Yvonne Millerick is a Heart Failure Palliative Care Nurse Consultant Senior Lecturer employed by Glasgow Caledonian University with a clinical secondment to Glasgow Royal Infirmary. Yvonne is regarded as a leading expert in heart failure and palliative care and firmly believes that the clinical academic role is crucial for maintaining her professional credibility. In this blog, Yvonne shares over 37 years’ experience of caring for patients with heart failure and her expertise on integrating palliative care into heart failure management.
The whole is greater than the sum of its parts
I would like to begin by saying that a system wide approach that is fully inclusive of patients, carers, professionals, commissioners and policymakers, etc is absolutely essential for a unified heart failure palliative care approach in clinical practice. Otherwise, there will remain significant service inequity resulting in some people receiving excellent care whilst others will not.
Changing perceptions requires this consistent messaging about unmet needs. What palliative care is, what it’s not, and why it’s essential within heart failure. That everybody has to be involved.
“Why is this (palliative care) not happening for me?”
I think if we involve patients and carers, then they become more informed about what they’re expectations should be. And if they realised that there are gaps in what they expect to receive, then they become champions themselves, and they seek ways of identifying how best to act to create change by asking themselves “why is this not happening for me?” They are absolutely vital, they must be involved to inform the decision-making process.
Many patients following a diagnosis of heart failure will say, “it could be worse, I could have cancer”, changing perceptions is crucial and the starting point must be to raise awareness of the people who live with, work in and provide funding for heart failure more knowledgeable about the condition and overall impact. We must also remember that heart failure very rarely comes in isolation. Most patients with heart failure will also have a number of comorbidities that further impacts on their prognosis, day to day living and quality of life. The need for palliative care is even greater without either patients, caregivers, professionals or funding authorities realising it.
If we think about heart failure being the final common pathway for almost all cardiovascular disease, irrespective of age, it is comparable with many types of cancer and yet there remains gross inequity of access to palliative care services. There are a number of reasons for this. General public and professional perceptions of what palliative care is and what it has to offer remains poor with many associating palliative care with the imminence of dying. This presents a real barrier to integrating unified palliative and heart failure care, resulting in gross inequity of access to palliative care services at an earlier stage and throughout the illness trajectory.
Education is key
I think education is key. In terms of undergraduate education, I think that changing perceptions is one thing for the people that we work with on a day-to-day basis that are already providing that care. I actually think for carers, patients, professionals and funding bodies that the education needs to start at the very beginning. If it’s embedded right at the beginning, then I think we’ve got more of a chance of changing things longer term, and being able to provide the equity that is so much needed.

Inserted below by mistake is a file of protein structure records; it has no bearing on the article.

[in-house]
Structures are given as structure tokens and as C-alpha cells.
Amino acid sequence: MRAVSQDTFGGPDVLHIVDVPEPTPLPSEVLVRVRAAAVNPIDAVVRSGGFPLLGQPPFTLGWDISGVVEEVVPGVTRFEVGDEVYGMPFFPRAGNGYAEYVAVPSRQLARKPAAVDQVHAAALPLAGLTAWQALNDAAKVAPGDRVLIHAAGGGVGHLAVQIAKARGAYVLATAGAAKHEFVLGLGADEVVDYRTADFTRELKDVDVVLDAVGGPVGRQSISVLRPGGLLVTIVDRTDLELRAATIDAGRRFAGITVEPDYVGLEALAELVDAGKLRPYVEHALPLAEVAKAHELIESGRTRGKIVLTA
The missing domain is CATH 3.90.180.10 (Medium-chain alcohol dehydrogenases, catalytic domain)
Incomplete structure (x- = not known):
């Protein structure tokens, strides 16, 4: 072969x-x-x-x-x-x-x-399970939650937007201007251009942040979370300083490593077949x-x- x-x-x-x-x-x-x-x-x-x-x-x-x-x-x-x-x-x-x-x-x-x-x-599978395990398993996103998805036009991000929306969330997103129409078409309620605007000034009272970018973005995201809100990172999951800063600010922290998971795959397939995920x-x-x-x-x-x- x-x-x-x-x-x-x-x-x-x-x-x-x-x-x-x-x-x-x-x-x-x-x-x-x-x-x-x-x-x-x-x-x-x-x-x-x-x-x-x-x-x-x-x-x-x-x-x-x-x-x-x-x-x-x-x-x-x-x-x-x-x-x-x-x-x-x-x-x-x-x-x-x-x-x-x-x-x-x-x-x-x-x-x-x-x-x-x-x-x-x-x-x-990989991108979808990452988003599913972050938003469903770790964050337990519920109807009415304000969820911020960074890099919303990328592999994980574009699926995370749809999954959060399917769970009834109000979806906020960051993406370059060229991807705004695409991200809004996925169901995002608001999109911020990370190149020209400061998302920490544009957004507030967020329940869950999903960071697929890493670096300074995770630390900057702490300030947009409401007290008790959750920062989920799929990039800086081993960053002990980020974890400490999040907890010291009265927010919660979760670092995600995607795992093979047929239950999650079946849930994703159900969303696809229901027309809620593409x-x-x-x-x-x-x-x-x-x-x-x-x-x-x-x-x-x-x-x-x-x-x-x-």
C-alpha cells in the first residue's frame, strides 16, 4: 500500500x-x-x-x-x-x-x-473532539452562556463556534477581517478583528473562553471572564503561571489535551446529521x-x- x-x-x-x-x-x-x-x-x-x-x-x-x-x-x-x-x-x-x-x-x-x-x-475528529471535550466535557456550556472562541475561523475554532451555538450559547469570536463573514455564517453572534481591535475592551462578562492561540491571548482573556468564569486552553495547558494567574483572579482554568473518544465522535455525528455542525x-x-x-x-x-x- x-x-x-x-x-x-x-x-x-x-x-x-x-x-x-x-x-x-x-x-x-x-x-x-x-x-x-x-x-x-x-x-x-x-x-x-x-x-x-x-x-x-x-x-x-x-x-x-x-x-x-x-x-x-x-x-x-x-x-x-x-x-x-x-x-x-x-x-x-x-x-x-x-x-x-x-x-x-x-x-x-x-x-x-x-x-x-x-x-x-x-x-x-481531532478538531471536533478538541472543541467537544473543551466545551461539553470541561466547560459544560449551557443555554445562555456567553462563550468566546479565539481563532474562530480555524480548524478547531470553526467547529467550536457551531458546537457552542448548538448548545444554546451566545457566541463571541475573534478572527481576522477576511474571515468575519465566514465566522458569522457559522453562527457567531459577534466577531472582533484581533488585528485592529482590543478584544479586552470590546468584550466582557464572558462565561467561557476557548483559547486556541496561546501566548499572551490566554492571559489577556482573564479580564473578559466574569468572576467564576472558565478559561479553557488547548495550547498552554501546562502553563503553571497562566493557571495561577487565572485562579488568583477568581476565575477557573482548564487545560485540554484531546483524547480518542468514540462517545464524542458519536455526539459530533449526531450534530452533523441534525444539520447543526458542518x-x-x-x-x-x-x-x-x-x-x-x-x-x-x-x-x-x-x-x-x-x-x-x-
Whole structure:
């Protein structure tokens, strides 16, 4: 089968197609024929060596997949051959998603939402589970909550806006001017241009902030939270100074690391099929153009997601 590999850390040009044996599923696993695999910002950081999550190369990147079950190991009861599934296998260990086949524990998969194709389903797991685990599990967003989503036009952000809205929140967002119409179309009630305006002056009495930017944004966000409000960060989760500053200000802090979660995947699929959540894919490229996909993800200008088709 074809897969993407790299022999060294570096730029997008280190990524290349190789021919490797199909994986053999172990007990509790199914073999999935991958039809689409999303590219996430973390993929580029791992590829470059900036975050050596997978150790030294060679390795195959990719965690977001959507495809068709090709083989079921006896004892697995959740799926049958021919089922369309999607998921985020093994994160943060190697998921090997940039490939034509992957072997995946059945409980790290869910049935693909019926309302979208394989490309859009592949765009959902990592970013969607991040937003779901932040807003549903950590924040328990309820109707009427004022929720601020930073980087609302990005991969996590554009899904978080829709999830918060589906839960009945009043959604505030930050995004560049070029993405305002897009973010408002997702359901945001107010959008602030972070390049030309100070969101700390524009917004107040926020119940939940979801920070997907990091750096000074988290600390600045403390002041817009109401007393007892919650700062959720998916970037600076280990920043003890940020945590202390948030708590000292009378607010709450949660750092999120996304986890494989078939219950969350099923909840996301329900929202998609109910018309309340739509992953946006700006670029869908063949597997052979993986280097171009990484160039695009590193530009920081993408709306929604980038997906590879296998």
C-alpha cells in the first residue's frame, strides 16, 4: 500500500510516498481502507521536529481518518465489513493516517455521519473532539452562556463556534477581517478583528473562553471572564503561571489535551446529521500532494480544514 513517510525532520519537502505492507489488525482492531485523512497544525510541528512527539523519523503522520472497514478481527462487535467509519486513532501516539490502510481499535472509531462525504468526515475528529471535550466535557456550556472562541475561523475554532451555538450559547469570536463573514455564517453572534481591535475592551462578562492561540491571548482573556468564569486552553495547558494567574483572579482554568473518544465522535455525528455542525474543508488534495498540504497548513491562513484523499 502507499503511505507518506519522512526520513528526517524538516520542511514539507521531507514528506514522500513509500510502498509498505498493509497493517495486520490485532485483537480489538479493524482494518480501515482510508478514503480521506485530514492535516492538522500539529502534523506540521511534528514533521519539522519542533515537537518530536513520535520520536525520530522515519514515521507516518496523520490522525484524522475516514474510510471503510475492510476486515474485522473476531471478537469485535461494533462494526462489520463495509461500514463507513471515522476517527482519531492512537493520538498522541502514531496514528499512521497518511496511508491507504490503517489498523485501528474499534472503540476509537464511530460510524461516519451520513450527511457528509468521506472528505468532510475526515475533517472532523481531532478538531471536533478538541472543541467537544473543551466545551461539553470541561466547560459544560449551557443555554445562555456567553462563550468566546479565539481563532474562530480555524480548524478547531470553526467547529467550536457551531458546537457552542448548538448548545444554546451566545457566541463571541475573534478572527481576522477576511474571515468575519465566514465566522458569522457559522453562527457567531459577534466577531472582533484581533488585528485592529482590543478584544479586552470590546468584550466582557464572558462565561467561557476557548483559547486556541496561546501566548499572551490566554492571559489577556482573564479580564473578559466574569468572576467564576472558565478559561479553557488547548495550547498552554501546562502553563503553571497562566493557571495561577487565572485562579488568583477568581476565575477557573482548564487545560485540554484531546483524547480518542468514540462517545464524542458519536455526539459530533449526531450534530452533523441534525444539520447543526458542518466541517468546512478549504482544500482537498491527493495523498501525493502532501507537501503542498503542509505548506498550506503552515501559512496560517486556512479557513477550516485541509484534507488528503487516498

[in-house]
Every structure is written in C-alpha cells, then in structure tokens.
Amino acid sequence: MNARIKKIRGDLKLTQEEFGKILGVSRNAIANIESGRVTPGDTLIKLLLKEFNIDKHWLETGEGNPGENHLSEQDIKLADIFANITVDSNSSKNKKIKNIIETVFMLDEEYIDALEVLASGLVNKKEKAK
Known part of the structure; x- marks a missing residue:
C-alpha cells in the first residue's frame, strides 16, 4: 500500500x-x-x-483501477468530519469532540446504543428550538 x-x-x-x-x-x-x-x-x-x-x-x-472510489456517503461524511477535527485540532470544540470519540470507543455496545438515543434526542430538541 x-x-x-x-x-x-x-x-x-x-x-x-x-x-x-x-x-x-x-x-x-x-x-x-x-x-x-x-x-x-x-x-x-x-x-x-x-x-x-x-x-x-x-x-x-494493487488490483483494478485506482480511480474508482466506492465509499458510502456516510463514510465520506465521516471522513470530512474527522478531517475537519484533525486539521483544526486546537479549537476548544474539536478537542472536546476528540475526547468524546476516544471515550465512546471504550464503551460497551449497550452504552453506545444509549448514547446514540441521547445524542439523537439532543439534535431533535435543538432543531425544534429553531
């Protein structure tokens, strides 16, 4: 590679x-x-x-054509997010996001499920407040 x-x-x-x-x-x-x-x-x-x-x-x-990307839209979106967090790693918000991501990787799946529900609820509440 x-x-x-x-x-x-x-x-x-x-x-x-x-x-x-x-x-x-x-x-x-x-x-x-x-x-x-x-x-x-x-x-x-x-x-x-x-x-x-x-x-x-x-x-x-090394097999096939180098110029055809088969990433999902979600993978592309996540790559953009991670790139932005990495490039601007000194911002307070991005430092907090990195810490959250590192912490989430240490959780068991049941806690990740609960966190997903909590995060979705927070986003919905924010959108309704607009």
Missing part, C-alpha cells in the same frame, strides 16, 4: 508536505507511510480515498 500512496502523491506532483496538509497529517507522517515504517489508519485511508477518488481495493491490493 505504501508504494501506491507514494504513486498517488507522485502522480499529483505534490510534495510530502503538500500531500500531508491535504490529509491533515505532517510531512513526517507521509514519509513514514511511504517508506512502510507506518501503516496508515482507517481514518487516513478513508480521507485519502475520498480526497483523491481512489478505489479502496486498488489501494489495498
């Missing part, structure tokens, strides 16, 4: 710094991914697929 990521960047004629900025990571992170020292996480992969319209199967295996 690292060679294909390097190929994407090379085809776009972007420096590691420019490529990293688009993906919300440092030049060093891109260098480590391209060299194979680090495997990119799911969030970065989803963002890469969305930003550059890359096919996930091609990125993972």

For lots of people, and I would even go so far as to say the majority of people, palliative care is often considered as being synonymous with dying. We absolutely need to get the message out there, whether you’re a patient, a professional, a funding body, or a policymaker that palliative care is so much more than that. We need to be able to raise awareness about what palliative care is and that end-of-life care, although it’s extremely important, is a small part of the palliative care approach. And I don’t think we are anywhere near where we should be with this.
We should attempt to share the message that palliative care is like an extra layer. For example, a cardigan that you wear as and when your needs are greater and remove again when you are feeling better. Adopting a cohesive approach with the wider professional enables each to offer their unique contribution and to develop cross speciality skills and expertise.
The risk of doing nothing
The risk of doing nothing is not an option. Commissioning future services and mapping what best practice care should look like is essential. We need to think about the wider impact on people living with heart failure, heart failure professionals, service implications with many struggling to cope with less resource. Commissioners may not fully understand the overall burden of significant unmet need across the whole system. This burden impacts on patient and caregiver experience, it impacts on service provision and it has a severe financial impact on the NHS budget with substantial costs being driven by hospital utilisation. There is an opportunity to provide a unified heart failure palliative care approach which can improve care experience, appropriate service provision and potential cost savings to the NHS. To do this effectively we must continue to raise awareness of Heart Failure as a life limiting condition that is associated with a poor prognosis. Changing perceptions is key across all health and social care. It is not uncommon for two patients (one with cancer and the other with heart failure) to have similar needs and yet perceptions of what heart failure is compared to cancer is quite different. This often results in persons with cancer being prioritised which only widens the inequity. Resource allocation must be based on need and not diagnosis.